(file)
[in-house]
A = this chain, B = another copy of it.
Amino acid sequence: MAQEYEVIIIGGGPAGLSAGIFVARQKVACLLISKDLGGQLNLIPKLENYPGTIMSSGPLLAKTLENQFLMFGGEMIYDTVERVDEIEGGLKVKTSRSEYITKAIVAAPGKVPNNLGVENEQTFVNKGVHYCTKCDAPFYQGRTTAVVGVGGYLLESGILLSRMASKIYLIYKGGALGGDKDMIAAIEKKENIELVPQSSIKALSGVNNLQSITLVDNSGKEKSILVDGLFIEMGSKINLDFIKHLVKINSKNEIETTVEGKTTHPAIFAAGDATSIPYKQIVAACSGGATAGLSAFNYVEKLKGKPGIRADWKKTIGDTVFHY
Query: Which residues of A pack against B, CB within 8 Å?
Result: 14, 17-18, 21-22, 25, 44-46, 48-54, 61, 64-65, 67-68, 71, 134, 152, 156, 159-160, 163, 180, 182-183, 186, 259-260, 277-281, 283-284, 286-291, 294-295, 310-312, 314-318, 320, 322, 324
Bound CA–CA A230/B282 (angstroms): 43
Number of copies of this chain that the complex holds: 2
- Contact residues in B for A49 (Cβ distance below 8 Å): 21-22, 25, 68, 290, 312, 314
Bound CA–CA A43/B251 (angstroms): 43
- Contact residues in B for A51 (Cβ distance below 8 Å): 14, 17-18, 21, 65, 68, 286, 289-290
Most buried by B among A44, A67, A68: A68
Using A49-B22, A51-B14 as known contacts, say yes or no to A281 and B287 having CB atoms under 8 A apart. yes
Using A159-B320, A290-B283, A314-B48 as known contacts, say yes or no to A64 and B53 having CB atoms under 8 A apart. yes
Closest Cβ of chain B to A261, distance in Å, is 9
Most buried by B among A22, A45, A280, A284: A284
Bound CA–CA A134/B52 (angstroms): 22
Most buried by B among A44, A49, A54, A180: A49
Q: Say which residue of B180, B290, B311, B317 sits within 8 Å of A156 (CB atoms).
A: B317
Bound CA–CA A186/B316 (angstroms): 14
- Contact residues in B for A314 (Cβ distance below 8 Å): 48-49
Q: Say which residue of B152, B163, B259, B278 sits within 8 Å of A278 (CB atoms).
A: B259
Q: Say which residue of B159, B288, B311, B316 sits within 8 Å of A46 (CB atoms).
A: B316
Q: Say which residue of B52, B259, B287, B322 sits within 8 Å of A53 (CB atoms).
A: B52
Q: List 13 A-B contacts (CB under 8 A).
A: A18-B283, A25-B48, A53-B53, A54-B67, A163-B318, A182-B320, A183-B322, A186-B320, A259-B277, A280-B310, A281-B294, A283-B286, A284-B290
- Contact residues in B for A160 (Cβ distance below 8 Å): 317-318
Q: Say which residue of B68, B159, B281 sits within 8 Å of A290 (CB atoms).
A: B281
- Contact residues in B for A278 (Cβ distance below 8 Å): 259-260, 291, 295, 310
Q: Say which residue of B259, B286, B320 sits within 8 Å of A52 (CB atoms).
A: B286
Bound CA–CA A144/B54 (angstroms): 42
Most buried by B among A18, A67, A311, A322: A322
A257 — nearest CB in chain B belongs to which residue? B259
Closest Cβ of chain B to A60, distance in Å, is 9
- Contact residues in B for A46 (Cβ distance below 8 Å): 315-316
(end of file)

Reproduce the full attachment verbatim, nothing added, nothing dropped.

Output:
[in-house]
A = this chain, B = another copy of it.
Amino acid sequence: MAQEYEVIIIGGGPAGLSAGIFVARQKVACLLISKDLGGQLNLIPKLENYPGTIMSSGPLLAKTLENQFLMFGGEMIYDTVERVDEIEGGLKVKTSRSEYITKAIVAAPGKVPNNLGVENEQTFVNKGVHYCTKCDAPFYQGRTTAVVGVGGYLLESGILLSRMASKIYLIYKGGALGGDKDMIAAIEKKENIELVPQSSIKALSGVNNLQSITLVDNSGKEKSILVDGLFIEMGSKINLDFIKHLVKINSKNEIETTVEGKTTHPAIFAAGDATSIPYKQIVAACSGGATAGLSAFNYVEKLKGKPGIRADWKKTIGDTVFHY
Query: Which residues of A pack against B, CB within 8 Å?
Result: 14, 17-18, 21-22, 25, 44-46, 48-54, 61, 64-65, 67-68, 71, 134, 152, 156, 159-160, 163, 180, 182-183, 186, 259-260, 277-281, 283-284, 286-291, 294-295, 310-312, 314-318, 320, 322, 324
Bound CA–CA A230/B282 (angstroms): 43
Number of copies of this chain that the complex holds: 2
- Contact residues in B for A49 (Cβ distance below 8 Å): 21-22, 25, 68, 290, 312, 314
Bound CA–CA A43/B251 (angstroms): 43
- Contact residues in B for A51 (Cβ distance below 8 Å): 14, 17-18, 21, 65, 68, 286, 289-290
Most buried by B among A44, A67, A68: A68
Using A49-B22, A51-B14 as known contacts, say yes or no to A281 and B287 having CB atoms under 8 A apart. yes
Using A159-B320, A290-B283, A314-B48 as known contacts, say yes or no to A64 and B53 having CB atoms under 8 A apart. yes
Closest Cβ of chain B to A261, distance in Å, is 9
Most buried by B among A22, A45, A280, A284: A284
Bound CA–CA A134/B52 (angstroms): 22
Most buried by B among A44, A49, A54, A180: A49
Q: Say which residue of B180, B290, B311, B317 sits within 8 Å of A156 (CB atoms).
A: B317
Bound CA–CA A186/B316 (angstroms): 14
- Contact residues in B for A314 (Cβ distance below 8 Å): 48-49
Q: Say which residue of B152, B163, B259, B278 sits within 8 Å of A278 (CB atoms).
A: B259
Q: Say which residue of B159, B288, B311, B316 sits within 8 Å of A46 (CB atoms).
A: B316
Q: Say which residue of B52, B259, B287, B322 sits within 8 Å of A53 (CB atoms).
A: B52
Q: List 13 A-B contacts (CB under 8 A).
A: A18-B283, A25-B48, A53-B53, A54-B67, A163-B318, A182-B320, A183-B322, A186-B320, A259-B277, A280-B310, A281-B294, A283-B286, A284-B290
- Contact residues in B for A160 (Cβ distance below 8 Å): 317-318
Q: Say which residue of B68, B159, B281 sits within 8 Å of A290 (CB atoms).
A: B281
- Contact residues in B for A278 (Cβ distance below 8 Å): 259-260, 291, 295, 310
Q: Say which residue of B259, B286, B320 sits within 8 Å of A52 (CB atoms).
A: B286
Bound CA–CA A144/B54 (angstroms): 42
Most buried by B among A18, A67, A311, A322: A322
A257 — nearest CB in chain B belongs to which residue? B259
Closest Cβ of chain B to A60, distance in Å, is 9
- Contact residues in B for A46 (Cβ distance below 8 Å): 315-316